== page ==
At the Movies: Opens Friday, Feb. 12
“How to Be Single” doesn’t sound like ground-breaking fare: it’s a bunch of lightly connected stories that follow about a dozen unmarried New York City singles as they look for love and/or hook-ups. Still, it’s usually interesting to see how well a familiar story is told and a romantic comedy, with a good cast, is a good choice near Valentine's Day. The cast of “Single” includes the talented and funny ALISON BRIE, 33, who, in real life, is engaged to a sweet guy-- DAVE FRANCO, 30. Look for Dakota “50 Shades of Grey” Johnson in a star role---I guess we’ll find out if she can be funny.
“Zoolander 2” is a sequel to the 2001 film that featured BEN STILLER, now 50, as a dim-witted, but good-hearted high fashion model who was drawn into a web of political assassinations. Like the original, the sequel is a wild satire of the fashion industry and spy thrillers. In the sequel, Interpol recruits Derek Zoolander (Stiller) and Hansel (Owen Wilson), another top model, to infiltrate a clique of high fashion guys believed to be behind the killing of famous musicians (the biggest baddie is played by Will Ferrell). A lot of (real) music biggies, like Justin Bieber, have cameos. Sad to say, Ben’s father, JERRY STILLER, who played the hilarious agent Marty Ballstein in the original, isn’t in the sequel. It appears that Jerry, now 88, has unofficially retired. Ben’s mother, ANNE MEARA, died in 2015.
“Zoo 2” was directed by Ben Stiller and the screenplay is by Stiller, JOHN HAMBURG, 45 (who co-wrote the original) and NICK STOLLER, 39. Stoller’s credits include directing the hits “Forgetting Sarah Marshall” and “Neighbors”. His father-in-law is well-known novelist NICHOLAS DELBANCO, 73. CARLY SIMON, now 70, recently disclosed that her huge hit, “You’re So Vain”, was about multiple people and the guy (in the song) wearing “an apricot scarf” was Delbanco, whom she was involved with in the ‘60s. No one saw that “credit” coming—most thought the line was about Mick Jagger’s scarf.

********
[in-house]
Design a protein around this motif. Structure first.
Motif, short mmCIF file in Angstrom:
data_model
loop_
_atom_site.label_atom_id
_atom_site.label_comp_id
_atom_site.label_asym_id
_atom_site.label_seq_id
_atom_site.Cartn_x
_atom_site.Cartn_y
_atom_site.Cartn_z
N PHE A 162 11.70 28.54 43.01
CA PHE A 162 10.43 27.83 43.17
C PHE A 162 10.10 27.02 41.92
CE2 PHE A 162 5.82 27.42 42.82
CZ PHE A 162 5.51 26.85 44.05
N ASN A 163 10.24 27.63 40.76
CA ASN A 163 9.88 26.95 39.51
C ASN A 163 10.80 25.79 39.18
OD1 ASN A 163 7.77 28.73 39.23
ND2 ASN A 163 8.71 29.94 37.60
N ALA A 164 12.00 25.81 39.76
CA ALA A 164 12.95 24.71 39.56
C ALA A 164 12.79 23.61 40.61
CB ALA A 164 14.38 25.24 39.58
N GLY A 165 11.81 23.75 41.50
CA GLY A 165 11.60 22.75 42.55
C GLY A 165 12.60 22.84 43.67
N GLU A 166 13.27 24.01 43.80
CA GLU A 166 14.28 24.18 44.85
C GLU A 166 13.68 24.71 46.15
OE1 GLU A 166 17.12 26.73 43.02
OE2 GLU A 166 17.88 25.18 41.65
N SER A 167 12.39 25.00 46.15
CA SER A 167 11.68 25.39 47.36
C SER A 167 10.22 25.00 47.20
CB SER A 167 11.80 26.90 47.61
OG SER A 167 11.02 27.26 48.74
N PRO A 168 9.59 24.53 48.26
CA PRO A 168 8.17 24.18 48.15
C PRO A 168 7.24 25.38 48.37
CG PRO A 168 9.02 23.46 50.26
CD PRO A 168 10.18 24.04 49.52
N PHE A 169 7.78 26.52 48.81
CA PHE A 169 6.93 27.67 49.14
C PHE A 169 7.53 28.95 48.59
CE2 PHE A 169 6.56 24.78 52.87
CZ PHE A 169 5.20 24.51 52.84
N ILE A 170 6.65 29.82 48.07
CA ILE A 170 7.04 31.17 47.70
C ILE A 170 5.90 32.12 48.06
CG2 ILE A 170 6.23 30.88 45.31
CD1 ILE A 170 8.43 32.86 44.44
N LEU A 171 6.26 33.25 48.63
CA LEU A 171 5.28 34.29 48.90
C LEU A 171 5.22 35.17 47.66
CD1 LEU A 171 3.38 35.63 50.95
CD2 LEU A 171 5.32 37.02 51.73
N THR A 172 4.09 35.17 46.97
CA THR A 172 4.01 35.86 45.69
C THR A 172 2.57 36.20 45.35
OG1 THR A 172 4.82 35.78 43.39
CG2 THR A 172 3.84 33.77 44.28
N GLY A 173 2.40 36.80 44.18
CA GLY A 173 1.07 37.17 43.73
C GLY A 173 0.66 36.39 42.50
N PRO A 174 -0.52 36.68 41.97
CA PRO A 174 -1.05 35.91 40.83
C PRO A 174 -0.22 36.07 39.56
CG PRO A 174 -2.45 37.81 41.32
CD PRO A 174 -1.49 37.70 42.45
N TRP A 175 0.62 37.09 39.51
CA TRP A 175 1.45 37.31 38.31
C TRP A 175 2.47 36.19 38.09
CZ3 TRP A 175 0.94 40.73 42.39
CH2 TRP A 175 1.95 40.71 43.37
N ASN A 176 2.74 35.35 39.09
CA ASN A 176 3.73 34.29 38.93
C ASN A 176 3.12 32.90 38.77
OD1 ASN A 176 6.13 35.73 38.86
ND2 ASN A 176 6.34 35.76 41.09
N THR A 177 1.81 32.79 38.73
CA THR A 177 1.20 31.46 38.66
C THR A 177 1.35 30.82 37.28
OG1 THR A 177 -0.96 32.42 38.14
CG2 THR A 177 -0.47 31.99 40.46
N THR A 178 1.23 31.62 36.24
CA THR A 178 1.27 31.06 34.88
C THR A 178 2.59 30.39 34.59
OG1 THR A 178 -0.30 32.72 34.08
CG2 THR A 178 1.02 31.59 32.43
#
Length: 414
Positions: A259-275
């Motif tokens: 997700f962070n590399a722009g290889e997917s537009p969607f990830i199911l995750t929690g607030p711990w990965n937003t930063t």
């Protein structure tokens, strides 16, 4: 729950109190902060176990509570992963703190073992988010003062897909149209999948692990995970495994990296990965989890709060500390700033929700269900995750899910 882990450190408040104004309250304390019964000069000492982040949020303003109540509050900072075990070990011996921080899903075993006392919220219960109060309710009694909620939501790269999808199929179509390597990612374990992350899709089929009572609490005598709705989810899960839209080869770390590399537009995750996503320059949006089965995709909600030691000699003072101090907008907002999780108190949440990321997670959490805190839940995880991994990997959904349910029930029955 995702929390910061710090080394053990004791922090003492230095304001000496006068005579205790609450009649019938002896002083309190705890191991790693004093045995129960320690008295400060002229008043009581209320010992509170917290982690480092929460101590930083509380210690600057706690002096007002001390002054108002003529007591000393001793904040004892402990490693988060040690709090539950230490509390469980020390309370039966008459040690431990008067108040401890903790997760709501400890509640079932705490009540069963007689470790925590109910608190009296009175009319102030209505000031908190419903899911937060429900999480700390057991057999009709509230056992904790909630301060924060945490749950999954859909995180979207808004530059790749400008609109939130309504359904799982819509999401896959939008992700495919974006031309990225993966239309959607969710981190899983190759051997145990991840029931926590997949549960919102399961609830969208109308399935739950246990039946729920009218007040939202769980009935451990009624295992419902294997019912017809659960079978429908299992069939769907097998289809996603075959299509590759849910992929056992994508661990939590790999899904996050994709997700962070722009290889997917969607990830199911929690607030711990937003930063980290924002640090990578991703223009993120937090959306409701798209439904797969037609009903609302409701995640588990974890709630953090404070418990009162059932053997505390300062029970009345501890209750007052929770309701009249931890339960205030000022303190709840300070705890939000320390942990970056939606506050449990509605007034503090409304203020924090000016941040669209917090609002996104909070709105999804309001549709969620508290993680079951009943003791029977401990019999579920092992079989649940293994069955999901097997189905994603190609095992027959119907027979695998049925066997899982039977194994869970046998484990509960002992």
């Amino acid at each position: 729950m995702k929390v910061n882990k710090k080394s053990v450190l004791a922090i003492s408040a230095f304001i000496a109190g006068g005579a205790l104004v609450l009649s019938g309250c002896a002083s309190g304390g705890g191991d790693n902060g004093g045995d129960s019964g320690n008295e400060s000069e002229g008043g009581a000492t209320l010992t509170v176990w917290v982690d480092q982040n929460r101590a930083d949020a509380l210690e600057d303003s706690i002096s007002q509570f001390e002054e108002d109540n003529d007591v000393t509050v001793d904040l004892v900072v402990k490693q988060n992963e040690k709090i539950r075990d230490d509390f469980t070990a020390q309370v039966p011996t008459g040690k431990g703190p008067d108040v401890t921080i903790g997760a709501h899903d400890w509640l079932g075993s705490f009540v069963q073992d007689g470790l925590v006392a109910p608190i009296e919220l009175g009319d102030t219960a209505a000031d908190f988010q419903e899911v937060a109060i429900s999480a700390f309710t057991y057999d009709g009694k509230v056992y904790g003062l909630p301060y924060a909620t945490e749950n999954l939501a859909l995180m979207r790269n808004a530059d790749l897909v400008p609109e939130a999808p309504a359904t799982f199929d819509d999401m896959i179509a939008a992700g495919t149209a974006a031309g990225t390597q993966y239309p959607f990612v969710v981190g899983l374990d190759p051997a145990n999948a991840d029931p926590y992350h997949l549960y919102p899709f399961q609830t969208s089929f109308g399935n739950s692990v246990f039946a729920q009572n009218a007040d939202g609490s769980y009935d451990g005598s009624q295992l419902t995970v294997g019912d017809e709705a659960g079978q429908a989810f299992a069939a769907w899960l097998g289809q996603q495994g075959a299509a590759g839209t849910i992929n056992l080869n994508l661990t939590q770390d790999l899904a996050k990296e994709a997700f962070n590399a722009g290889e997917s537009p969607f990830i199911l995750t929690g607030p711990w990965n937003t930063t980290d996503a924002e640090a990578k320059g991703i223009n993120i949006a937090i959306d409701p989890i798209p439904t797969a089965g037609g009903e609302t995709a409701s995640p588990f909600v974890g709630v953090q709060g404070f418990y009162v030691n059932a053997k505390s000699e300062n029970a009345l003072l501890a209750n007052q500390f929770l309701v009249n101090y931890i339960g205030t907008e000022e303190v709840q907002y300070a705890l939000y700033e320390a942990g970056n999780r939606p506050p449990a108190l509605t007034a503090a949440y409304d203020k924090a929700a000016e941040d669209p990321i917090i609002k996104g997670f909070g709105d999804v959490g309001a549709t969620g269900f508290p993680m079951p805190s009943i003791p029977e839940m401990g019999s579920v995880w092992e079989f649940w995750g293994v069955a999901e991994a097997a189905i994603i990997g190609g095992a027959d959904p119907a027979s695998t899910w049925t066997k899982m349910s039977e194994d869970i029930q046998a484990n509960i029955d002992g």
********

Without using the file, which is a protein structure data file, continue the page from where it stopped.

“Vinyl” on HBO; Time Travel on Hulu
"Vinyl", which begins on Feb. 14, is about the world of rock and roll in the 1970s and it’s probably the most highly anticipated HBO series since “Game of Thrones”. The star, Bobby Cannavale (“Boardwalk Empire”), can be a great actor in the right role—and this looks to be such a role. He plays a record exec trying to revive a label. PAUL BEN-VICTOR, 50 (“The Wire”), is a regular cast member. He plays Maury Gold, a slick record company owner. Also, it appears that Italian-American actor Max Cassella plays a Jewish character and another (not Jewish) Italian-American actor, Ray Romano, may also be playing a regular Jewish character. Finally, look for ANDREW “Dice” CLAY, 58, in a recurring role as Frank "Buck" Rogers, a cocaine-fueled owner of a chain of radio stations.
Starting on Tuesday, Feb. 16, is the eight episode series, “11.22.63”. Based on a Stephen King novel, it stars JAMES FRANCO, 37, as a teacher who goes back into the past (1960) to try and prevent JFK’s murder. However, he gets too attached to the life he makes in the past.
I thought with Valentine’s Day this weekend, I’d do something different and suggest how to turn into a Jewish holiday—first, start off with giving your tootsie a Tootsie Roll (created by LEO HIRSHFELDER in 1886—the same Jewish family has owned the company since the 1930s and Tootsie products are kosher). Possibly follow a nice meal with some Ben and Jerry’s Ice Cream (founded by BEN COHEN and JERRY GREENFIELD, both 64). Of course, romantic songs should accompany a Valentine’s feast and its aftermath. Here are ten such tunes by Jewish songwriters, five classics and five more modern—check Youtube for versions---my suggested singer follows names of composer(s) of classic tunes. Modern songs are all sung by the songwriter---“My Funny Valentine”, by RICHARD RODGERS and LORENZ HART (Frank Sinatra); “The Way You Look Tonight”, by JEROME KERN and DOROTHY FIELDS (Rod Stewart); “S Wonderful” by GEORGE and IRA GERSHWIN (Fred Astaire); “Stormy Weather” by HAROLD ARLEN (Lena Horne); “Tonight” from West Side Story, by LEONARD BERNSTEIN and STEPHEN SONDHEIM (movie version); “Wedding Bell Blues” (an upbeat song) by the late LAURA NYRO; “You Ain’t Going Nowhere” by BOB DYLAN; “Anticipation” by CARLY SIMON; “Your Body is a Wonderland” by JOHN MAYER; and “Hold On, We’re Going Home” by DRAKE.
Manilow and Koz Play Florida---Maybe One Last Time
Last week, the Sun Sentinel newspaper had a very nice profile of BARRY MANILOW, 72, and smooth jazz sax player DAVE KOZ, 52. They were set to play (Feb. 5) an arena in Sunrise, Florida. That arena replaced the Sunrise Musical Theater, which closed in 2002. Manilow, who played the old theater's last concert quipped to the closing night audience, "It was an honor to be the last performer ever in the Sunrise Musical Theater. I am going to be forever known as the last Jew to leave the building."
Their joint concert was called, "One Last Time", and the title may reference the fact that Manilow may be ending his 40-year touring career. It’s a nice, well-written piece and here's a link to it:
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